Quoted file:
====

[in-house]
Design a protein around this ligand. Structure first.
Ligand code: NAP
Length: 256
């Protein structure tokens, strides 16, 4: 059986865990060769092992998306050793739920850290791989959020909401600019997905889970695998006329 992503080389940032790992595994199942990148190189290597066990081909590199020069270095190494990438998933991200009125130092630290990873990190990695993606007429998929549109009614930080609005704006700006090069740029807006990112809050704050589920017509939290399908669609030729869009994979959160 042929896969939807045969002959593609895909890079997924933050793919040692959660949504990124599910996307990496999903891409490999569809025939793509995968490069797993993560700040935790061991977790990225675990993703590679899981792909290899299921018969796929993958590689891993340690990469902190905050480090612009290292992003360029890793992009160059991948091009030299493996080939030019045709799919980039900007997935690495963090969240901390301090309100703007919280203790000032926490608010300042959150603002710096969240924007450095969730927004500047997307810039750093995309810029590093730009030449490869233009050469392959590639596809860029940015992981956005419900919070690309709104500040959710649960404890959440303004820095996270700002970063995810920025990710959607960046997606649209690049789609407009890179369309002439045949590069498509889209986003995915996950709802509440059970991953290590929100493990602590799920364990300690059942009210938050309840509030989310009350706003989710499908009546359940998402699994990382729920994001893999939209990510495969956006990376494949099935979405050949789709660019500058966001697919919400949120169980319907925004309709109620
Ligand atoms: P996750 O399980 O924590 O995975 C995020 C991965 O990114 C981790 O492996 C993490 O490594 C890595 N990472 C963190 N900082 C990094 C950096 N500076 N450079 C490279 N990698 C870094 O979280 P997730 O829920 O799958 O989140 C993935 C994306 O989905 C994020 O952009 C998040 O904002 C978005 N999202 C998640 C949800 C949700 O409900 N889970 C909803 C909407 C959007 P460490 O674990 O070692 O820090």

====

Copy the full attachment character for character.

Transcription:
[in-house]
Design a protein around this ligand. Structure first.
Ligand code: NAP
Length: 256
């Protein structure tokens, strides 16, 4: 059986865990060769092992998306050793739920850290791989959020909401600019997905889970695998006329 992503080389940032790992595994199942990148190189290597066990081909590199020069270095190494990438998933991200009125130092630290990873990190990695993606007429998929549109009614930080609005704006700006090069740029807006990112809050704050589920017509939290399908669609030729869009994979959160 042929896969939807045969002959593609895909890079997924933050793919040692959660949504990124599910996307990496999903891409490999569809025939793509995968490069797993993560700040935790061991977790990225675990993703590679899981792909290899299921018969796929993958590689891993340690990469902190905050480090612009290292992003360029890793992009160059991948091009030299493996080939030019045709799919980039900007997935690495963090969240901390301090309100703007919280203790000032926490608010300042959150603002710096969240924007450095969730927004500047997307810039750093995309810029590093730009030449490869233009050469392959590639596809860029940015992981956005419900919070690309709104500040959710649960404890959440303004820095996270700002970063995810920025990710959607960046997606649209690049789609407009890179369309002439045949590069498509889209986003995915996950709802509440059970991953290590929100493990602590799920364990300690059942009210938050309840509030989310009350706003989710499908009546359940998402699994990382729920994001893999939209990510495969956006990376494949099935979405050949789709660019500058966001697919919400949120169980319907925004309709109620
Ligand atoms: P996750 O399980 O924590 O995975 C995020 C991965 O990114 C981790 O492996 C993490 O490594 C890595 N990472 C963190 N900082 C990094 C950096 N500076 N450079 C490279 N990698 C870094 O979280 P997730 O829920 O799958 O989140 C993935 C994306 O989905 C994020 O952009 C998040 O904002 C978005 N999202 C998640 C949800 C949700 O409900 N889970 C909803 C909407 C959007 P460490 O674990 O070692 O820090």